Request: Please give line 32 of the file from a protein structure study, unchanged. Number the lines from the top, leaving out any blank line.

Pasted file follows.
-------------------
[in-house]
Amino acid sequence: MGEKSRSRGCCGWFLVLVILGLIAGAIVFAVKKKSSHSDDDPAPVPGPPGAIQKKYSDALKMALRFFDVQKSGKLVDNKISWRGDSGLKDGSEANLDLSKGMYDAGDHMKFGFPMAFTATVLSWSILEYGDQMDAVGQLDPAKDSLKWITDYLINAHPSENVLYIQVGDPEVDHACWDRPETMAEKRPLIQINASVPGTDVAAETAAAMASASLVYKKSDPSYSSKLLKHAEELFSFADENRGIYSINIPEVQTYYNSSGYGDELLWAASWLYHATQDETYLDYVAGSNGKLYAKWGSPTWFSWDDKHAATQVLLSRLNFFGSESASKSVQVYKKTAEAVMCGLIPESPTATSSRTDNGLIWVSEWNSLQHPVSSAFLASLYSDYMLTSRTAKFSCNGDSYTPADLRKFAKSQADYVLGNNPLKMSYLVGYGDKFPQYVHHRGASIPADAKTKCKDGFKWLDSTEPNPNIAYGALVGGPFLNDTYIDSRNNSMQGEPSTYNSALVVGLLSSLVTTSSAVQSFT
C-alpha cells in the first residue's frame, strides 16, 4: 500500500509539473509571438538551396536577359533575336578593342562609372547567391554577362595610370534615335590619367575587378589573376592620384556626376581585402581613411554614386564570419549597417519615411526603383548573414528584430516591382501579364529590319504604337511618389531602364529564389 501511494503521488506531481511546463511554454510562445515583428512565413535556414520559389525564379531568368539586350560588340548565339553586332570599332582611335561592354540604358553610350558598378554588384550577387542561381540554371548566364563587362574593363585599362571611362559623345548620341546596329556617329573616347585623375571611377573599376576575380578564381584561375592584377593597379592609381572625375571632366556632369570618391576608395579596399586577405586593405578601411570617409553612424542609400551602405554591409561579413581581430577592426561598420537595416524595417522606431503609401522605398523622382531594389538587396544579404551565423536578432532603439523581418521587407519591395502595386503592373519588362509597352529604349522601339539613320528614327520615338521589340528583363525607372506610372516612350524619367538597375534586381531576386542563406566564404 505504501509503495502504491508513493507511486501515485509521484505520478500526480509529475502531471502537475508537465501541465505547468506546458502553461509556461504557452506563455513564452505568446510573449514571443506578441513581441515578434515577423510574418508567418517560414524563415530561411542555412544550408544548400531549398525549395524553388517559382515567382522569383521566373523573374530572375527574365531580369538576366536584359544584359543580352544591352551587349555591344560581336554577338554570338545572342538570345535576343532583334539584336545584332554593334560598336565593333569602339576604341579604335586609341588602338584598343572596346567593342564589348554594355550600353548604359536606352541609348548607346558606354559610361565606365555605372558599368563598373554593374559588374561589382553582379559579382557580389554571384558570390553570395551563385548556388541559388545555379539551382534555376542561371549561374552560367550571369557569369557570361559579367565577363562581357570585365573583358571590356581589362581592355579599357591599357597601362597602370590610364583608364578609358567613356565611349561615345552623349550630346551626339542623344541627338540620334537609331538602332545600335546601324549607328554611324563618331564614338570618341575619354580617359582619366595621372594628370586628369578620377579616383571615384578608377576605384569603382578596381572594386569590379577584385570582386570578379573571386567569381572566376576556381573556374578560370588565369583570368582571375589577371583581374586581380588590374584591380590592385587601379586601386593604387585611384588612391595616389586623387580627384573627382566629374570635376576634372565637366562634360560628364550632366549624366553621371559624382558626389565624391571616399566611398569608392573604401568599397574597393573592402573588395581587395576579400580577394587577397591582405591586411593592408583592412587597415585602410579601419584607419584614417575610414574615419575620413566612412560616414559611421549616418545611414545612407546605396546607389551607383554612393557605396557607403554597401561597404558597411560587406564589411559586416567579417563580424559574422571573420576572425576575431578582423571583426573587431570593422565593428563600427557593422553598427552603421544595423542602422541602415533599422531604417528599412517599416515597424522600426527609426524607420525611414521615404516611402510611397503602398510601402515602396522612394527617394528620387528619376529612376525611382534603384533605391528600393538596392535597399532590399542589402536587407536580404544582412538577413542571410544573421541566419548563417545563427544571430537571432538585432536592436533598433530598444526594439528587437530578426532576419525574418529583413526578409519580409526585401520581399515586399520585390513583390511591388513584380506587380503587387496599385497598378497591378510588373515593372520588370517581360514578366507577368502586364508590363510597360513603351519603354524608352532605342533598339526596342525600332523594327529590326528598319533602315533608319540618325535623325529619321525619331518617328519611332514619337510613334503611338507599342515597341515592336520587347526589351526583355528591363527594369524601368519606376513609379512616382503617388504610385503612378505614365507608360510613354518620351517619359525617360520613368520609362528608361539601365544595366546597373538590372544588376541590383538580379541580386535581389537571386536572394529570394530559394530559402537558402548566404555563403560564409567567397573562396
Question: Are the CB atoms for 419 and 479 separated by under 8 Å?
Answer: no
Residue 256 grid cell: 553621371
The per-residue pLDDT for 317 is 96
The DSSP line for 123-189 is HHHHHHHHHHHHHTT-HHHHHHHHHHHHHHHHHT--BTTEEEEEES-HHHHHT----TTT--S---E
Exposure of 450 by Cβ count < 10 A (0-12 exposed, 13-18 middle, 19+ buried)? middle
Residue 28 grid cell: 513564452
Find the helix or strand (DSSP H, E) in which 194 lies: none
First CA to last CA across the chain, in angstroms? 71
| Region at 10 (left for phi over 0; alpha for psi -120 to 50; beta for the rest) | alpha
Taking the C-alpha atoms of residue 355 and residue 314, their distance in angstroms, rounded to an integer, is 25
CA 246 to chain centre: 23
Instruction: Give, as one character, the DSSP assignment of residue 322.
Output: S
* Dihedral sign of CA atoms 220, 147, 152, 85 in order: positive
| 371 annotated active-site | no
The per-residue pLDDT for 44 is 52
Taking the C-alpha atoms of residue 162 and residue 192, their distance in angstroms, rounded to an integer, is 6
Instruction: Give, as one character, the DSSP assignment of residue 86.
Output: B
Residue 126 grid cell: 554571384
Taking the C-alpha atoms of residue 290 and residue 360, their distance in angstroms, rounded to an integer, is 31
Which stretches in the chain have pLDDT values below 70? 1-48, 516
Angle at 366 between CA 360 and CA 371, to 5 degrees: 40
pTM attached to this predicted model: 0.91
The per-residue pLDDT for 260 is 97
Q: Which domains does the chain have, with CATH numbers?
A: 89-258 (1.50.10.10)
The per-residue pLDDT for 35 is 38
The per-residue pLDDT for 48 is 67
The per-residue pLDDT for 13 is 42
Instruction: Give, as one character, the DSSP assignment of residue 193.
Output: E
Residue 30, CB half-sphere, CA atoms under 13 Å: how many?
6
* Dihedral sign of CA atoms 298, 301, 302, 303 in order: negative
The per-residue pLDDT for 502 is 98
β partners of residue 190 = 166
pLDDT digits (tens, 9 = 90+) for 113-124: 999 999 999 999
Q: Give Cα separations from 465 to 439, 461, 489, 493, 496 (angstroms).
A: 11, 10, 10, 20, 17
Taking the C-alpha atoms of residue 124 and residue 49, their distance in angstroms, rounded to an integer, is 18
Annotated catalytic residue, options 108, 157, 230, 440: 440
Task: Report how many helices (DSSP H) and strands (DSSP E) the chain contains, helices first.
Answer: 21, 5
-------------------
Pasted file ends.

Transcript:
The per-residue pLDDT for 35 is 38